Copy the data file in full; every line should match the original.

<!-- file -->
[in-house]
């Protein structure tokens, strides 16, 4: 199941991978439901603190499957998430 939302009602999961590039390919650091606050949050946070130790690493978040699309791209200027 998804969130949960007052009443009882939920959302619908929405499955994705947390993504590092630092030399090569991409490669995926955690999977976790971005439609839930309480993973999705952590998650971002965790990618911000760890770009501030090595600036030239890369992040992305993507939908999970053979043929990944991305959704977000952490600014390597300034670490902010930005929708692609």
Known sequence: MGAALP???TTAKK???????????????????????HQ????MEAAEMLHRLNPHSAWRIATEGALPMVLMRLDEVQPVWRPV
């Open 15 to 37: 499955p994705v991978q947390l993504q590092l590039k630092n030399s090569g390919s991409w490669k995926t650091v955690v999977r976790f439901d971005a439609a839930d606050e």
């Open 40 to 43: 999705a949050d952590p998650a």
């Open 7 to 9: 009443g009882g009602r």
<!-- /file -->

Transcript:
[in-house]
């Protein structure tokens, strides 16, 4: 199941991978439901603190499957998430 939302009602999961590039390919650091606050949050946070130790690493978040699309791209200027 998804969130949960007052009443009882939920959302619908929405499955994705947390993504590092630092030399090569991409490669995926955690999977976790971005439609839930309480993973999705952590998650971002965790990618911000760890770009501030090595600036030239890369992040992305993507939908999970053979043929990944991305959704977000952490600014390597300034670490902010930005929708692609």
Known sequence: MGAALP???TTAKK???????????????????????HQ????MEAAEMLHRLNPHSAWRIATEGALPMVLMRLDEVQPVWRPV
């Open 15 to 37: 499955p994705v991978q947390l993504q590092l590039k630092n030399s090569g390919s991409w490669k995926t650091v955690v999977r976790f439901d971005a439609a839930d606050e």
């Open 40 to 43: 999705a949050d952590p998650a």
């Open 7 to 9: 009443g009882g009602r």